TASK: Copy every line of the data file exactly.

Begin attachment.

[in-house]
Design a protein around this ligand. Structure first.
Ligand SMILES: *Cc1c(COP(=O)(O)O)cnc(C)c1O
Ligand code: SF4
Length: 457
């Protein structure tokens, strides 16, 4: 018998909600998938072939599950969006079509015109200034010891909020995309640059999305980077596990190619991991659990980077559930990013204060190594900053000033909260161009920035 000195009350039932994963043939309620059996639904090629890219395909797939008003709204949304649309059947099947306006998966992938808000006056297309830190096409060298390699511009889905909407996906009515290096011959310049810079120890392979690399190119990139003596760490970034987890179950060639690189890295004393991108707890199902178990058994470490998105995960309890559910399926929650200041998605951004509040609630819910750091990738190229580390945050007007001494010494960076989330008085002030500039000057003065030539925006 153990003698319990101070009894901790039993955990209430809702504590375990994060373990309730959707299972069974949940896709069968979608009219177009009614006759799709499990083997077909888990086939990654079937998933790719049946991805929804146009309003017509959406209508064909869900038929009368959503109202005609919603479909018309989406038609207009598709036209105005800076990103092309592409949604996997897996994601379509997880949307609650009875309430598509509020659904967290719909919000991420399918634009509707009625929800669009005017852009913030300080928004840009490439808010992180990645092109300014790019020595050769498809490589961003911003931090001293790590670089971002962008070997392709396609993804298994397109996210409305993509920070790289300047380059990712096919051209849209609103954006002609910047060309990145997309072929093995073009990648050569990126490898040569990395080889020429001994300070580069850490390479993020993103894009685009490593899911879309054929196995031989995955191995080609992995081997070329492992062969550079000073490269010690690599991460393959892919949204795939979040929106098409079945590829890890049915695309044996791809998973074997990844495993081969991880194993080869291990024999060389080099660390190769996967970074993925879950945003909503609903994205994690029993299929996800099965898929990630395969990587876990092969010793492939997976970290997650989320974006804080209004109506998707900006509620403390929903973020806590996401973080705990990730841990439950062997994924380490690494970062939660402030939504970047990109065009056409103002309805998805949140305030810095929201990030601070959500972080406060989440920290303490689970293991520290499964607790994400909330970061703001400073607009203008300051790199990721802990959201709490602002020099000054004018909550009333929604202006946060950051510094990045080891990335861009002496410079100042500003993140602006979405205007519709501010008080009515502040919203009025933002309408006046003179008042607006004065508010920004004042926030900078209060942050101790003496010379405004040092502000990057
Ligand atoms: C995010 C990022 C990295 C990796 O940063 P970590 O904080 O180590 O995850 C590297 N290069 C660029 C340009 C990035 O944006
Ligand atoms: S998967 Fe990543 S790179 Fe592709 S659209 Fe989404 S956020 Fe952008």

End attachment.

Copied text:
[in-house]
Design a protein around this ligand. Structure first.
Ligand SMILES: *Cc1c(COP(=O)(O)O)cnc(C)c1O
Ligand code: SF4
Length: 457
């Protein structure tokens, strides 16, 4: 018998909600998938072939599950969006079509015109200034010891909020995309640059999305980077596990190619991991659990980077559930990013204060190594900053000033909260161009920035 000195009350039932994963043939309620059996639904090629890219395909797939008003709204949304649309059947099947306006998966992938808000006056297309830190096409060298390699511009889905909407996906009515290096011959310049810079120890392979690399190119990139003596760490970034987890179950060639690189890295004393991108707890199902178990058994470490998105995960309890559910399926929650200041998605951004509040609630819910750091990738190229580390945050007007001494010494960076989330008085002030500039000057003065030539925006 153990003698319990101070009894901790039993955990209430809702504590375990994060373990309730959707299972069974949940896709069968979608009219177009009614006759799709499990083997077909888990086939990654079937998933790719049946991805929804146009309003017509959406209508064909869900038929009368959503109202005609919603479909018309989406038609207009598709036209105005800076990103092309592409949604996997897996994601379509997880949307609650009875309430598509509020659904967290719909919000991420399918634009509707009625929800669009005017852009913030300080928004840009490439808010992180990645092109300014790019020595050769498809490589961003911003931090001293790590670089971002962008070997392709396609993804298994397109996210409305993509920070790289300047380059990712096919051209849209609103954006002609910047060309990145997309072929093995073009990648050569990126490898040569990395080889020429001994300070580069850490390479993020993103894009685009490593899911879309054929196995031989995955191995080609992995081997070329492992062969550079000073490269010690690599991460393959892919949204795939979040929106098409079945590829890890049915695309044996791809998973074997990844495993081969991880194993080869291990024999060389080099660390190769996967970074993925879950945003909503609903994205994690029993299929996800099965898929990630395969990587876990092969010793492939997976970290997650989320974006804080209004109506998707900006509620403390929903973020806590996401973080705990990730841990439950062997994924380490690494970062939660402030939504970047990109065009056409103002309805998805949140305030810095929201990030601070959500972080406060989440920290303490689970293991520290499964607790994400909330970061703001400073607009203008300051790199990721802990959201709490602002020099000054004018909550009333929604202006946060950051510094990045080891990335861009002496410079100042500003993140602006979405205007519709501010008080009515502040919203009025933002309408006046003179008042607006004065508010920004004042926030900078209060942050101790003496010379405004040092502000990057
Ligand atoms: C995010 C990022 C990295 C990796 O940063 P970590 O904080 O180590 O995850 C590297 N290069 C660029 C340009 C990035 O944006
Ligand atoms: S998967 Fe990543 S790179 Fe592709 S659209 Fe989404 S956020 Fe952008």